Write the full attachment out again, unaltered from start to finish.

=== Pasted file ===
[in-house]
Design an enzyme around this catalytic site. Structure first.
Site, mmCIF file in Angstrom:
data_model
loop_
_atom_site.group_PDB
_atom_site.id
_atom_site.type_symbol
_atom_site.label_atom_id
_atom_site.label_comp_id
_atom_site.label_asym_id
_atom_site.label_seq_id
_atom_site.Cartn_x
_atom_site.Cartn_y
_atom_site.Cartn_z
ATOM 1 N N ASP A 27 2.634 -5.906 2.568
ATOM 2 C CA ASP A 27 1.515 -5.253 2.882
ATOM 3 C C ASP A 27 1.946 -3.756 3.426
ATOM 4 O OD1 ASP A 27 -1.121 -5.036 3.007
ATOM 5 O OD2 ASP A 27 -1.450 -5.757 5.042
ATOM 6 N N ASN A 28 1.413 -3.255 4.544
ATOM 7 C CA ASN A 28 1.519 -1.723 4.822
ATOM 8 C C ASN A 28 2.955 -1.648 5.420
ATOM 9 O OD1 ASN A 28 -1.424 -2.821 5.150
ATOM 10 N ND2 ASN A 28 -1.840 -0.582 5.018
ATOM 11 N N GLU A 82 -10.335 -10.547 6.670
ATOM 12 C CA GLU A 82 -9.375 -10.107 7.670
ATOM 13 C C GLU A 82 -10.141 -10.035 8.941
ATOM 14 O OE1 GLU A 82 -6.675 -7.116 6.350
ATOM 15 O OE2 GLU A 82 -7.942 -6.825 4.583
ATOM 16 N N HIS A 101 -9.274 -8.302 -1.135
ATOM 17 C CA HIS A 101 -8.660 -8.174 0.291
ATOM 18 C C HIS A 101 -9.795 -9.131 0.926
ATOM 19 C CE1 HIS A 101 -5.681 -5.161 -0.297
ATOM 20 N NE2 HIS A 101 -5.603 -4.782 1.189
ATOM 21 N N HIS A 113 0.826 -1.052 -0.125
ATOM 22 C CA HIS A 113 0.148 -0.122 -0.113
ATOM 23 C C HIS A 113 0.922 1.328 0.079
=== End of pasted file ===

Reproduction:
[in-house]
Design an enzyme around this catalytic site. Structure first.
Site, mmCIF file in Angstrom:
data_model
loop_
_atom_site.group_PDB
_atom_site.id
_atom_site.type_symbol
_atom_site.label_atom_id
_atom_site.label_comp_id
_atom_site.label_asym_id
_atom_site.label_seq_id
_atom_site.Cartn_x
_atom_site.Cartn_y
_atom_site.Cartn_z
ATOM 1 N N ASP A 27 2.634 -5.906 2.568
ATOM 2 C CA ASP A 27 1.515 -5.253 2.882
ATOM 3 C C ASP A 27 1.946 -3.756 3.426
ATOM 4 O OD1 ASP A 27 -1.121 -5.036 3.007
ATOM 5 O OD2 ASP A 27 -1.450 -5.757 5.042
ATOM 6 N N ASN A 28 1.413 -3.255 4.544
ATOM 7 C CA ASN A 28 1.519 -1.723 4.822
ATOM 8 C C ASN A 28 2.955 -1.648 5.420
ATOM 9 O OD1 ASN A 28 -1.424 -2.821 5.150
ATOM 10 N ND2 ASN A 28 -1.840 -0.582 5.018
ATOM 11 N N GLU A 82 -10.335 -10.547 6.670
ATOM 12 C CA GLU A 82 -9.375 -10.107 7.670
ATOM 13 C C GLU A 82 -10.141 -10.035 8.941
ATOM 14 O OE1 GLU A 82 -6.675 -7.116 6.350
ATOM 15 O OE2 GLU A 82 -7.942 -6.825 4.583
ATOM 16 N N HIS A 101 -9.274 -8.302 -1.135
ATOM 17 C CA HIS A 101 -8.660 -8.174 0.291
ATOM 18 C C HIS A 101 -9.795 -9.131 0.926
ATOM 19 C CE1 HIS A 101 -5.681 -5.161 -0.297
ATOM 20 N NE2 HIS A 101 -5.603 -4.782 1.189
ATOM 21 N N HIS A 113 0.826 -1.052 -0.125
ATOM 22 C CA HIS A 113 0.148 -0.122 -0.113
ATOM 23 C C HIS A 113 0.922 1.328 0.079